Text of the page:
How Not To Get Whiter Teeth – The Most Common Mistakes

Baking Soda. Chewing Gum. Mouthwash. Bleach. Strips.

There are so many options out there for trying to get whiter teeth that it can all get a bit confusing learning what works and what doesn’t. If you’ve been wondering whether brushing your teeth with baking soda every second day is best or if you should be buying bleach strips you can put on in the evening when you’re on the sofa, I’ve decided to debunk some of the myths surrounding the most well-known methods to achieving a perfect smile.

Myth 1: Baking Soda Works

Dip your brush in to some baking soda every few days and give your teeth a liberal brush with the weir tasting powder? You’ll read on so many blogs how its the magical secret for whiter teeth, but the truth is that baking soda has no real effect on enamel and only serves to interact with bacteria in the mouth. Some people even argue that brushing with baking soda is a terrible idea because it can disrupt the amount of “good” bacteria in your mouth and leave you susceptible to gum problems.

Myth 2: Hydrogen Peroxide Works

Liberally throwing ACID around in your mouth isn’t something you’d usually do, and the same can be said for hydrogen peroxide. A lot of homemade toothpastes will tell you to mix baking soda and hydrogen peroxide together and then use it on teeth. The big problem with this is that your gums can’t handle intense reactions very well (just think of when you drink something very cold and the sensation that causes)

When something like an intense peroxide comes in contact with open tissue like this, it can cause artifical damage and disruption.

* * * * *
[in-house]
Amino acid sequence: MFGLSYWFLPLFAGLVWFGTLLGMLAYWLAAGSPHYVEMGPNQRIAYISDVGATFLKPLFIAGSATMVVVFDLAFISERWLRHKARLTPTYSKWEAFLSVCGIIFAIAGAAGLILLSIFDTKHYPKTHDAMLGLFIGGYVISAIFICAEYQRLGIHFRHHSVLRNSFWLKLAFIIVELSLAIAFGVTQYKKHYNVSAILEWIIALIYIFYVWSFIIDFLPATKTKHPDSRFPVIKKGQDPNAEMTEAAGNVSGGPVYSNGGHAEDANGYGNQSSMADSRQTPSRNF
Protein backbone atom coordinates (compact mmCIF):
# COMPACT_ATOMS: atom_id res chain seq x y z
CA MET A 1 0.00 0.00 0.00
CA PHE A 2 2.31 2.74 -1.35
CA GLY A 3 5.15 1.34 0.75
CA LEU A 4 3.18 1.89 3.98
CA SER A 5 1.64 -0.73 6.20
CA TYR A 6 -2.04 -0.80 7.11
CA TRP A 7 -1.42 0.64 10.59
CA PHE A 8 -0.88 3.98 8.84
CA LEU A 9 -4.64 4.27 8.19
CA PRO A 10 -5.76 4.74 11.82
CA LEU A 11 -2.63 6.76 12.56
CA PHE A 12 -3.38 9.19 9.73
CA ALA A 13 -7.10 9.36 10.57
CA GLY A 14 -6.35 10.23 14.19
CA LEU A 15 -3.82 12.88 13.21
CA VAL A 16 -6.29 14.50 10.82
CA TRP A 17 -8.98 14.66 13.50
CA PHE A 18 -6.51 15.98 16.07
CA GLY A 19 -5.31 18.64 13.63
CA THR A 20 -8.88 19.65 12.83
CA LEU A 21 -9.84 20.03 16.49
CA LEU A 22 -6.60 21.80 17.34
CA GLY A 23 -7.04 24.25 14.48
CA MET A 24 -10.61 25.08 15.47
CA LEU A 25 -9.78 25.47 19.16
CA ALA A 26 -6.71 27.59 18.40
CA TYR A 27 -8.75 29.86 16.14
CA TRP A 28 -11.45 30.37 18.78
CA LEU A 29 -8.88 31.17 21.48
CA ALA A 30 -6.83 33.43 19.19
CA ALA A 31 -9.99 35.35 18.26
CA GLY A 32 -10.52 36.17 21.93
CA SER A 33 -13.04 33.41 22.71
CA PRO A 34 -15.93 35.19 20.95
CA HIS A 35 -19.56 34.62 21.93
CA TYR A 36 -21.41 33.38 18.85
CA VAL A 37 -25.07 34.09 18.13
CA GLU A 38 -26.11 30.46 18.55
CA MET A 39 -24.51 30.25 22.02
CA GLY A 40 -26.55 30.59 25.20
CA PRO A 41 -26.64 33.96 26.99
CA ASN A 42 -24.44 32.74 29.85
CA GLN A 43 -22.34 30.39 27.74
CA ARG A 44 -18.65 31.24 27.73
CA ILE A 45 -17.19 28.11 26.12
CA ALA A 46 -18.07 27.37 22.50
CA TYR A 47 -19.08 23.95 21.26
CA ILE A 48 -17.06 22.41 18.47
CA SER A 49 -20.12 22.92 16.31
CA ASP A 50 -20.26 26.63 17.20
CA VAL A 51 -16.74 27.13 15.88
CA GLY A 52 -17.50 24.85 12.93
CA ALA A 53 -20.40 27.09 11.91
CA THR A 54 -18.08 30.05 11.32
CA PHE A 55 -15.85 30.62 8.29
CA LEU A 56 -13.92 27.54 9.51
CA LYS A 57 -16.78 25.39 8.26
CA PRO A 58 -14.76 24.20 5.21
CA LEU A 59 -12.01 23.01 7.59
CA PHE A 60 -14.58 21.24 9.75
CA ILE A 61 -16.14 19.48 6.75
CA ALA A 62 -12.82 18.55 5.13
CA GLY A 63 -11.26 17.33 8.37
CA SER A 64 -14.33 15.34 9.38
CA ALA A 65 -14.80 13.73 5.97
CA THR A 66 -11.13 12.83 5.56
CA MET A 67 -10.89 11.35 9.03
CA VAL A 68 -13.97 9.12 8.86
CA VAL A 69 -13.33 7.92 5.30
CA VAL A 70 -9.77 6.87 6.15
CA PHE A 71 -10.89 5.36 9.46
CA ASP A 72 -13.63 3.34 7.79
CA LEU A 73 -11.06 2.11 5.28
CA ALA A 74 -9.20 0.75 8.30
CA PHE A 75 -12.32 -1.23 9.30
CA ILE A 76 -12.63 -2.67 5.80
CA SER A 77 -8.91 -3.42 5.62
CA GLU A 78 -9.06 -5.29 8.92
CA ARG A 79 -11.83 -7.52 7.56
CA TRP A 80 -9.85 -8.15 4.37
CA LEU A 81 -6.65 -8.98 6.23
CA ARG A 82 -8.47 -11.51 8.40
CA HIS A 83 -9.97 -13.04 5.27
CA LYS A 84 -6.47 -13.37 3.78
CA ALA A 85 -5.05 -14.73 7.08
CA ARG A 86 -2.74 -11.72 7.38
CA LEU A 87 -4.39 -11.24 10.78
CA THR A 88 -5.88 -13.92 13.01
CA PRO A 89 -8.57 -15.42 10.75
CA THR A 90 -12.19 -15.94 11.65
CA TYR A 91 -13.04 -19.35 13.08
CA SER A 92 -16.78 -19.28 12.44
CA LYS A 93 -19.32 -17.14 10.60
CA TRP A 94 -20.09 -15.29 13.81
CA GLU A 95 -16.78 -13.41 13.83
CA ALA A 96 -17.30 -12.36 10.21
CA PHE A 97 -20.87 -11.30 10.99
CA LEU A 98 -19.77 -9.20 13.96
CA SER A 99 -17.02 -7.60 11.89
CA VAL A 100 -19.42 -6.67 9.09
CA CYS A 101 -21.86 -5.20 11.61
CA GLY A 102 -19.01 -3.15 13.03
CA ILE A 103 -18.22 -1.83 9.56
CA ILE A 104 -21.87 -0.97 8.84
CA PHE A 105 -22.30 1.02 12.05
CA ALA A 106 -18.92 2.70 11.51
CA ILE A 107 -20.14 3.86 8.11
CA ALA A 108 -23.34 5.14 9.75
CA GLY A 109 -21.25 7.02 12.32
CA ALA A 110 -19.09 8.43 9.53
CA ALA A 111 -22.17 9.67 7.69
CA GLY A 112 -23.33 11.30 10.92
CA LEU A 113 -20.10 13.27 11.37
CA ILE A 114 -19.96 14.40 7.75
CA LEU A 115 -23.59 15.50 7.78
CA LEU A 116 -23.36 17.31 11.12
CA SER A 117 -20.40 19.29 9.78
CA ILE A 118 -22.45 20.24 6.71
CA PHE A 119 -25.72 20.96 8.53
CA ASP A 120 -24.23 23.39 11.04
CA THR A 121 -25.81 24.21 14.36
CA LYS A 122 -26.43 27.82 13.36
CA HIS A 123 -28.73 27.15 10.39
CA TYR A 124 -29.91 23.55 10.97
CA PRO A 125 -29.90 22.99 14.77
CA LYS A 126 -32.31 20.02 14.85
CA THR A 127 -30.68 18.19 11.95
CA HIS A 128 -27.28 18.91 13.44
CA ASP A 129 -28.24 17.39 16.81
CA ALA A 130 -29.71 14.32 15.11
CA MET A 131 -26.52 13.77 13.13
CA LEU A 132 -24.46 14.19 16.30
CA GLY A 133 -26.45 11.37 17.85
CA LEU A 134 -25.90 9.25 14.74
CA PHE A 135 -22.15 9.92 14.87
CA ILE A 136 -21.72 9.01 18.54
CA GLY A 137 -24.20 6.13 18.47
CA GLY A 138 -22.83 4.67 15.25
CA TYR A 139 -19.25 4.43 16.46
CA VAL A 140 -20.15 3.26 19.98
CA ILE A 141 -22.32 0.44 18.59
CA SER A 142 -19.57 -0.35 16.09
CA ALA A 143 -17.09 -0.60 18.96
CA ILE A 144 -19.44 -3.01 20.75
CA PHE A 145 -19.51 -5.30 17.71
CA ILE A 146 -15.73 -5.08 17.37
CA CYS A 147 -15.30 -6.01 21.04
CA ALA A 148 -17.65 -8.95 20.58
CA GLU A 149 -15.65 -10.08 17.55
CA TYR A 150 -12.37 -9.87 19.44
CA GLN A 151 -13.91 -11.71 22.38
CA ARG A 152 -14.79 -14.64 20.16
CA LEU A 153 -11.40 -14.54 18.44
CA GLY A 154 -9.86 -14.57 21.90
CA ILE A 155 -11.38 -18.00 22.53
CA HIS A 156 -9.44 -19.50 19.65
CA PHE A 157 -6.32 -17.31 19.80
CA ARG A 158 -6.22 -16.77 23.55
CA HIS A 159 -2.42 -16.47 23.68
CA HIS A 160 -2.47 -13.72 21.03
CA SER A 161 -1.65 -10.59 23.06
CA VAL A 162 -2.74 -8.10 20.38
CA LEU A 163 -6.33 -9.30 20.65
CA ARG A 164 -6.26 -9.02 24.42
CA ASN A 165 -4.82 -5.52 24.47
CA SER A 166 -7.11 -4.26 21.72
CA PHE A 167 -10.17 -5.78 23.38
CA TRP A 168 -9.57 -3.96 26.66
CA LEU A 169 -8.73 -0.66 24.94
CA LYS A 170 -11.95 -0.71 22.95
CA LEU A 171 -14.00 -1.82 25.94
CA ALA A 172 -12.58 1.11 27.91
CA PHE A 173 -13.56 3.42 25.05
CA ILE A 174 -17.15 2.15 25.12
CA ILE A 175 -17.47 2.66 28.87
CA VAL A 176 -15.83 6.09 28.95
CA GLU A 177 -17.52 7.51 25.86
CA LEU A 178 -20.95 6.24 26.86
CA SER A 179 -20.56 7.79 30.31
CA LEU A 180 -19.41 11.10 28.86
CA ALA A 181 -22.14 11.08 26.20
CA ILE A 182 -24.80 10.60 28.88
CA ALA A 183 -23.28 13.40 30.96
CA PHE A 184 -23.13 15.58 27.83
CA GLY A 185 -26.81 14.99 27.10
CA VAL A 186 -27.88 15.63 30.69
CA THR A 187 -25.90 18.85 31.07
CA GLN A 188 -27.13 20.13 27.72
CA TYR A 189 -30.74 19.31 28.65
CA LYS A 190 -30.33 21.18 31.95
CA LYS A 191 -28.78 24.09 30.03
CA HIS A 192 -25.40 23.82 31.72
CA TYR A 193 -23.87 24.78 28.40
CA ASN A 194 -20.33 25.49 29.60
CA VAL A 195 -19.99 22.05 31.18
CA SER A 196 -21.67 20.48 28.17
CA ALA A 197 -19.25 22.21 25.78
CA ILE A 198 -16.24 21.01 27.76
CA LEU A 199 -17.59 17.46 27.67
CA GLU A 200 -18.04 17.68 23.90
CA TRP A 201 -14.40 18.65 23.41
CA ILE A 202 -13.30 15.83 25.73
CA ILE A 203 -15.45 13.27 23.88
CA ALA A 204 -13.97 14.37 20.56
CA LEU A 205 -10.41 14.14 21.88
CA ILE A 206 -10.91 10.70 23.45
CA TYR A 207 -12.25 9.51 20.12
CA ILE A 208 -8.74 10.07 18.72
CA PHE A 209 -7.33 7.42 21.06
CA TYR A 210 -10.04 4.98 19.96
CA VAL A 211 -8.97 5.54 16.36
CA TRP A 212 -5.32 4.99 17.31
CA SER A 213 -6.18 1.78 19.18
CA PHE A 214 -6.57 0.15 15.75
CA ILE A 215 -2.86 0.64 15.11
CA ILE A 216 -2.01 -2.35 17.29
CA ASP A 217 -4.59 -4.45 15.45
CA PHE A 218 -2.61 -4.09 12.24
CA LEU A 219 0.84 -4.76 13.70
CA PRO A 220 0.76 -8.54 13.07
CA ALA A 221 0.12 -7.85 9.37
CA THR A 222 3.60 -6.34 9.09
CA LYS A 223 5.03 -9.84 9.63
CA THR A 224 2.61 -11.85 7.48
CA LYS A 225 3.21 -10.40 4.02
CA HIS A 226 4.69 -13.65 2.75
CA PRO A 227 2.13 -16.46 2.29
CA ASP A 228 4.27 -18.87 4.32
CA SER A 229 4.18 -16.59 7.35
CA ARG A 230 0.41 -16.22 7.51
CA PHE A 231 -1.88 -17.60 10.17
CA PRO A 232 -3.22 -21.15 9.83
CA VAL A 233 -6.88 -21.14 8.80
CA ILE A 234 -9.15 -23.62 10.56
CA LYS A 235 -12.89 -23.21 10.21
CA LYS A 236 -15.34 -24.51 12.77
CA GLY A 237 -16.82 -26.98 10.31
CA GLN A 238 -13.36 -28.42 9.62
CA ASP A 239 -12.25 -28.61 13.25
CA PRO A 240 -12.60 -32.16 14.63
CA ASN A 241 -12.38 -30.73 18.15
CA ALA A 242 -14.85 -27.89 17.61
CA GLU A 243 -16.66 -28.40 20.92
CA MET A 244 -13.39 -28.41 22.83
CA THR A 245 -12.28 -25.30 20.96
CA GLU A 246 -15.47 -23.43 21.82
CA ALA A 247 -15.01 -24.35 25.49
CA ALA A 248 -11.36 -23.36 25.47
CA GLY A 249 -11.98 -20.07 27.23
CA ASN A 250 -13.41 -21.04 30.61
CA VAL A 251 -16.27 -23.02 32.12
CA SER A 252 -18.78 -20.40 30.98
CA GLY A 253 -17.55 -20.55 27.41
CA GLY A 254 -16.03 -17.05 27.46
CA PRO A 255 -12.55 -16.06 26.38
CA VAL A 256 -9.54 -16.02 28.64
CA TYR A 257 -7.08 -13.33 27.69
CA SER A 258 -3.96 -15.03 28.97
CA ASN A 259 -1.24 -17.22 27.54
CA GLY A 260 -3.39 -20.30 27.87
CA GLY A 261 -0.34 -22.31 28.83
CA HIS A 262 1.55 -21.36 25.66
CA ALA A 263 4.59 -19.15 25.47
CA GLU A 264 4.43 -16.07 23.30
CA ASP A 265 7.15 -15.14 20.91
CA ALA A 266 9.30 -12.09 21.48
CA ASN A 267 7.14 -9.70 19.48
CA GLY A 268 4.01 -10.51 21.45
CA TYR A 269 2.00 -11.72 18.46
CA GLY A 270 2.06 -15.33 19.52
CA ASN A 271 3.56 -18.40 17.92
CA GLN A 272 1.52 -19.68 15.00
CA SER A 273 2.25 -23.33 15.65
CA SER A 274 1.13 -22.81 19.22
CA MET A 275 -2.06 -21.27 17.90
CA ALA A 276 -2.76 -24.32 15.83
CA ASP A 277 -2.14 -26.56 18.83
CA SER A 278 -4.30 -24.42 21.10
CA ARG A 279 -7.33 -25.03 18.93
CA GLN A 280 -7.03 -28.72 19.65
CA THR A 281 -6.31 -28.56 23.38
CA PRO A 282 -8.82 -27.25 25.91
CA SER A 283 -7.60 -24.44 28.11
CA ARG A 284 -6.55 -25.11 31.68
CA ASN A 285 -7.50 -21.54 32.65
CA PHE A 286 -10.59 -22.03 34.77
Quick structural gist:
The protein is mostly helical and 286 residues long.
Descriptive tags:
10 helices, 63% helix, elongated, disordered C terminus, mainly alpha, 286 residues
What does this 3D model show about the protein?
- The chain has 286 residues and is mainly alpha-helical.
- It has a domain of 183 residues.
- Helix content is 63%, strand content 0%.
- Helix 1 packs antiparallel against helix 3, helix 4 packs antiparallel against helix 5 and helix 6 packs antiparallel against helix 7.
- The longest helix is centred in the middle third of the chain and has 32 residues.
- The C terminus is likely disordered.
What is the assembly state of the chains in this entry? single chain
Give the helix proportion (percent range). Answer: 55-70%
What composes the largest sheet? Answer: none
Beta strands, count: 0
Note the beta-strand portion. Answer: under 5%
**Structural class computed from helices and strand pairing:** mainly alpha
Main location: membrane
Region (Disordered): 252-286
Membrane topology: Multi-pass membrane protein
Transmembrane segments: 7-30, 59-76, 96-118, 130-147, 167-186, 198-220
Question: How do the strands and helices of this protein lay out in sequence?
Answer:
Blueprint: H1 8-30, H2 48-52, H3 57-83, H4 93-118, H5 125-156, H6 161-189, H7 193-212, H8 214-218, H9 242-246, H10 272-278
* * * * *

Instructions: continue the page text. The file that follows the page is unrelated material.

Myth 3: Strips Work Best

It’s one of the easiest ways to try to whiten your teeth: you stick a strip on there, let it sit for a while and then wipe away. Strips are good if you want a short term fix to get brighter teeth for a short period, but it will leave you with little spots on the teeth where a strip doesn’t stick to properly. This mean you can end up smiling with a few notable yellow dots in the middle of a tooth.

Myth 4: At Home Kits Are Just As Good

You might see the large kits at a chemist that contain seemingly everything you’d ever need for white teeth. The big problem with these is the products inside aren’t the same as you get in a clinic. A shop on the high street can’t sell gels with the same concentration of peroxide as a dental surgeon can. That’s why its probably best to get a professional to look at your teeth rather than just rubbing a chemical on yourself when you don’t know what its made of.

Myth 5: Lasers damage enamel

Even if you tap your tooth and it feels hard, the enamel that surrounds your teeth has thousands of tiny pores. This is how when we drink or some that they can end up discoloured. A professional laser whitening treatment might seem dangerous when pointed at that enamel, but its helping to blast and lift out any of those pockets of yellow and brown that won’t shift with a million brushes from a tooth whitening paste.

It is also important to remember that when a laser is pointed at teeth, peroxide needs to be applied to help accentuate how well it can work. Think of it as an accelerant.

Myth 6: Strawberry Toothpaste Works Naturally

So this is one myth that is very troublesome and seen a lot from YouTube vloggers. Make at home strawberry (or any fruit really) toothpaste involves mushing up strawberries, mixing it with baking powder and then brushing it on your teeth. People believe this works because of the naturally occurring acids in fruit. While it is true that acid can be beneficial at improving the shade of teeth when used correctly a fruit cocktail like this is a terrible idea. Why is it so bad? Because the natural acid won’t protect enamel but wear it down in a fashion similar to simply dipping a toothbrush in a can of cola and rubbing it on your tooth.